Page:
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J Invest Dermatol. 2008 Oct;128(10):2508-17. doi: 10.1038/jid.2008.131. Epub 2008 May 29.

Inactivation of the vitamin D receptor enhances susceptibility of murine skin to UV-induced tumorigenesis.

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  • 1Department of Pharmacology, Case Western Reserve University, Cleveland, Ohio 44116, USA.

Abstract

1,25-Dihydroxyvitamin D(3) (1,25(OH)(2)D(3)) is the biologically active ligand for the vitamin D receptor (VDR). VDR(-/-) mice have a hair follicle-cycling defect resulting in alopecia. However, mice lacking 25-hydroxyvitamin D(3) 1alpha-hydroxylase (CYP27B1(-/-)), and having no circulating 1,25(OH)(2)D(3), have normal follicular function. These mouse models indicate that VDR functions independently of 1,25(OH)(2)D(3) in regulating hair-follicle cycling. Here, we show that VDR(-/-) mice rapidly develop chemically induced skin tumors, whereas CYP27B1(-/-) and wild-type mice do not, indicating that VDR, and not the 1,25(OH)(2)D(3) ligand, is essential for protection against skin tumorigenesis. Because the majority of human skin cancer results from exposure to UV, the susceptibility of VDR(-/-) mice to this carcinogen was also evaluated. VDR(-/-) mice developed UV-induced tumors more rapidly and with greater penetrance than did VDR(+/+) mice. p53 protein levels were upregulated at similar rates in UV-treated keratinocytes of VDR(-/-) and VDR(+/+) mice. However, rates of thymine-dimer repair and UV-induced apoptosis were significantly lower in VDR(-/-) epidermis compared with the wild type epidermis. UV-induced epidermal thickening was also attenuated in VDR(-/-) skin, indicating that VDR plays a critical role in the repair and removal of severely damaged keratinocytes and adaptation of the skin to chronic UV exposure.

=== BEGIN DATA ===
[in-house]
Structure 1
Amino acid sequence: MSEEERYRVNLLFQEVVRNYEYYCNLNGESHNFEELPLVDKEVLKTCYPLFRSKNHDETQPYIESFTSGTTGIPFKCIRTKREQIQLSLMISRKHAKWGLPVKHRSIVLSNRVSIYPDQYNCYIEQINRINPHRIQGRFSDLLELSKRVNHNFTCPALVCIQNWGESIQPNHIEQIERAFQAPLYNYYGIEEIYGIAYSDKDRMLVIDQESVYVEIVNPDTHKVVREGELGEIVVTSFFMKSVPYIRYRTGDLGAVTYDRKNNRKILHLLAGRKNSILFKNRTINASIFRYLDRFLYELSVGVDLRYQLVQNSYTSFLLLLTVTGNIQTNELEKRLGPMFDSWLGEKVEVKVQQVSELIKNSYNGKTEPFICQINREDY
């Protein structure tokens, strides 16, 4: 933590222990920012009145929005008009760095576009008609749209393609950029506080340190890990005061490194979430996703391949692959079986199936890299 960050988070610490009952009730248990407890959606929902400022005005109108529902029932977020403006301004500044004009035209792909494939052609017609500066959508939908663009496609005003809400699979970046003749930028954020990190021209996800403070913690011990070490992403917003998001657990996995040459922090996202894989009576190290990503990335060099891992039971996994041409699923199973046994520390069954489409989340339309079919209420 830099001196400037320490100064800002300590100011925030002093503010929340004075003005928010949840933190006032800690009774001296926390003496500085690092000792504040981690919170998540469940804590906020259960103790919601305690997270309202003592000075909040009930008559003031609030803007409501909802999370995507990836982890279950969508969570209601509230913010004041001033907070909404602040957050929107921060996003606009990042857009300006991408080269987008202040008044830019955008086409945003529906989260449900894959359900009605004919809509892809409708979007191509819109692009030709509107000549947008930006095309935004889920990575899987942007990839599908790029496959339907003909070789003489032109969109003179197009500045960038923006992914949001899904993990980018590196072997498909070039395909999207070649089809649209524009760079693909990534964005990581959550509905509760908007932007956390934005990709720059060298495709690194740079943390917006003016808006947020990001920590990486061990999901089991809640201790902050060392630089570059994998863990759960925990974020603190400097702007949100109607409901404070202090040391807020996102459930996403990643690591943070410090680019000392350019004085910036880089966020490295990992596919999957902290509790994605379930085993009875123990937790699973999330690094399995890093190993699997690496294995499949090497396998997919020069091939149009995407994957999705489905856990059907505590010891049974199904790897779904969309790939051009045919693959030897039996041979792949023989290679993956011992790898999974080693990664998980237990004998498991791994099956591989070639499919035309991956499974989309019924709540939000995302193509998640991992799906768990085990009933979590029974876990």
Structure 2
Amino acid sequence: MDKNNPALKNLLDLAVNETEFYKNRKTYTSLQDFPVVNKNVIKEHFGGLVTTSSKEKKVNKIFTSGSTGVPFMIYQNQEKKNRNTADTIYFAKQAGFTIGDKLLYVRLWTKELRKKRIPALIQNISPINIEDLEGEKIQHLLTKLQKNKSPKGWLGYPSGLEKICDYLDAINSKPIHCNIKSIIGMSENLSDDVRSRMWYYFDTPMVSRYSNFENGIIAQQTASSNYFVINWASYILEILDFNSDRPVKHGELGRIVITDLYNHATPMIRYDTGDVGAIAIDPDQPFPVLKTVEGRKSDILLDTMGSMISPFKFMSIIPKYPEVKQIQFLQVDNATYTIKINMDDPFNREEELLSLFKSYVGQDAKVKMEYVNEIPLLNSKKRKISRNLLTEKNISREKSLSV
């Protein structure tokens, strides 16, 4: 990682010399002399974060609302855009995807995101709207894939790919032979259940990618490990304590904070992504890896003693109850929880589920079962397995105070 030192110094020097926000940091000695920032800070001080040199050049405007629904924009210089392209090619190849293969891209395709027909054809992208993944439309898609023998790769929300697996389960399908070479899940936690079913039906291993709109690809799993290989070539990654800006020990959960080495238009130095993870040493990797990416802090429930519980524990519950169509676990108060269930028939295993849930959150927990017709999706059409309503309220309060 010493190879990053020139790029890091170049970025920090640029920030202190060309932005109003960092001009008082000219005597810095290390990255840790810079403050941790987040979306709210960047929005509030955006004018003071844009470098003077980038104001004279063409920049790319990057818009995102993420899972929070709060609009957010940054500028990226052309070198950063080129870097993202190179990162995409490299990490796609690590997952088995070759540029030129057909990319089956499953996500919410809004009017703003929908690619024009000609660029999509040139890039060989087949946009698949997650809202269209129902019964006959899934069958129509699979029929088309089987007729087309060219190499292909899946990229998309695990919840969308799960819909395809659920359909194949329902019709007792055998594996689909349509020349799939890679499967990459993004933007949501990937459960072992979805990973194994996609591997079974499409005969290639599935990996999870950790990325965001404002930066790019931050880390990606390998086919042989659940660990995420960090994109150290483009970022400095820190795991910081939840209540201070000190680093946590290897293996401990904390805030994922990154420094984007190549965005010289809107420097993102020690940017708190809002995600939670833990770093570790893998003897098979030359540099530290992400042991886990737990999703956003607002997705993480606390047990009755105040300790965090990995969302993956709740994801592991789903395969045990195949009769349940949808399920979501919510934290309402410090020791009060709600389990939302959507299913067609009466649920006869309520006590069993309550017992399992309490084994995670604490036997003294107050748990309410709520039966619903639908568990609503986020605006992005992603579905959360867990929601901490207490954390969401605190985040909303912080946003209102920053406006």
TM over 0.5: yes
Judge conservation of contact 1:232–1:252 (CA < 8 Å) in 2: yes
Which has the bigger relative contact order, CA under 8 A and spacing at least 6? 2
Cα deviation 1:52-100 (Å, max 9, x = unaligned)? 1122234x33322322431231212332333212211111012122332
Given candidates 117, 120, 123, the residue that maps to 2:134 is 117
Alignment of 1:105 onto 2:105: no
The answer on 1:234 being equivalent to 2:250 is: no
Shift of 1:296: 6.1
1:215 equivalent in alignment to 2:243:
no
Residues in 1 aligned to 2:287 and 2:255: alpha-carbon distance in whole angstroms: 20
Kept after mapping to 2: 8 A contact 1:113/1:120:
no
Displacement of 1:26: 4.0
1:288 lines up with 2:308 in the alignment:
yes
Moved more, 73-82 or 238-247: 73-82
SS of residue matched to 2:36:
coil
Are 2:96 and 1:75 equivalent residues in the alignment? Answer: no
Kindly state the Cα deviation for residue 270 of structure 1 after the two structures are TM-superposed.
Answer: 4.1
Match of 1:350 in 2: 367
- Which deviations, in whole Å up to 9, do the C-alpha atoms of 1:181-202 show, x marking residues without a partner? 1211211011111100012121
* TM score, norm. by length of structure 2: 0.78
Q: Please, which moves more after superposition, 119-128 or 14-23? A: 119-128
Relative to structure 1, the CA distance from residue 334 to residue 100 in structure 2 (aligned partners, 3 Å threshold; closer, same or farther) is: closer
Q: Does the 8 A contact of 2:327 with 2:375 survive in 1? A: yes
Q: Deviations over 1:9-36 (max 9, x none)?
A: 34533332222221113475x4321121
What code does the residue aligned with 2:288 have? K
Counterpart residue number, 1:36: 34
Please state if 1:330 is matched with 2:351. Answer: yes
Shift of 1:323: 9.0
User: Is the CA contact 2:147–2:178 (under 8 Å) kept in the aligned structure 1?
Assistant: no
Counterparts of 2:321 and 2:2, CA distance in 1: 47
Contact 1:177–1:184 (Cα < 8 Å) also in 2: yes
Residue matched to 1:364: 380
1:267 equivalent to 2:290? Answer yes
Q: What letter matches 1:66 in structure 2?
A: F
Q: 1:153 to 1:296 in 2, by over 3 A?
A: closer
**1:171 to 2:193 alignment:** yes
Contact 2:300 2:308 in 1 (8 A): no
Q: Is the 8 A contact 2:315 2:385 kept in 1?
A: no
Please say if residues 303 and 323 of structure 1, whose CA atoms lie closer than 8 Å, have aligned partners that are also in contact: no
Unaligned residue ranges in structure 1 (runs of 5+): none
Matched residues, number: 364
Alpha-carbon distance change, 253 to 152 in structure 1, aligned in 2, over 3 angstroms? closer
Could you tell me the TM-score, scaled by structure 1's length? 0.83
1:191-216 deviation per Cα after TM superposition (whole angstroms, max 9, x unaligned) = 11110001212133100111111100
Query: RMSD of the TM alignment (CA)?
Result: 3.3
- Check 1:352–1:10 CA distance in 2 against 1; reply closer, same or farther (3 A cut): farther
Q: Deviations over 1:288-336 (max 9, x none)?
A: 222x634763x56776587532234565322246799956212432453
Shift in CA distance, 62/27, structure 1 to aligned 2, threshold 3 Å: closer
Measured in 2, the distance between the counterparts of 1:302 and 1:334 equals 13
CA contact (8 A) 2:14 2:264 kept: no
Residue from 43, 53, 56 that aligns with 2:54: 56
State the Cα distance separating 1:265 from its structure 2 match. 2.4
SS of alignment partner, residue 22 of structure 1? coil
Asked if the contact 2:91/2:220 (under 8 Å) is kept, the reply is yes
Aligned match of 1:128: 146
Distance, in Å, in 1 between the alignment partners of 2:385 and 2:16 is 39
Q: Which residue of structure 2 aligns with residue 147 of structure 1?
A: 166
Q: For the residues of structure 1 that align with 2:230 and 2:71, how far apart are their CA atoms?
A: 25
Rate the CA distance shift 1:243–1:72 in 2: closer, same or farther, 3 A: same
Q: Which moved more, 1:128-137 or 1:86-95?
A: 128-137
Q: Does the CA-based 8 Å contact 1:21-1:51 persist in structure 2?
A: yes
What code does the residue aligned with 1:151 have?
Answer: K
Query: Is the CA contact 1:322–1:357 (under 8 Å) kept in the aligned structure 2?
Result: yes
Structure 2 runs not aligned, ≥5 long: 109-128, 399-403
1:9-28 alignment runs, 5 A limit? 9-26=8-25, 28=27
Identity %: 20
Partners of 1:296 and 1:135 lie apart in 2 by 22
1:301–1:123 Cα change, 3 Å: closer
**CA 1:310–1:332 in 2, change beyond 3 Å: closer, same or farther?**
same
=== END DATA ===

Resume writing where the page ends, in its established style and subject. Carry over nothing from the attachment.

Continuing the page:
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PMID:
18509362
[PubMed - indexed for MEDLINE]
PMCID:
PMC4127033
Free PMC Article

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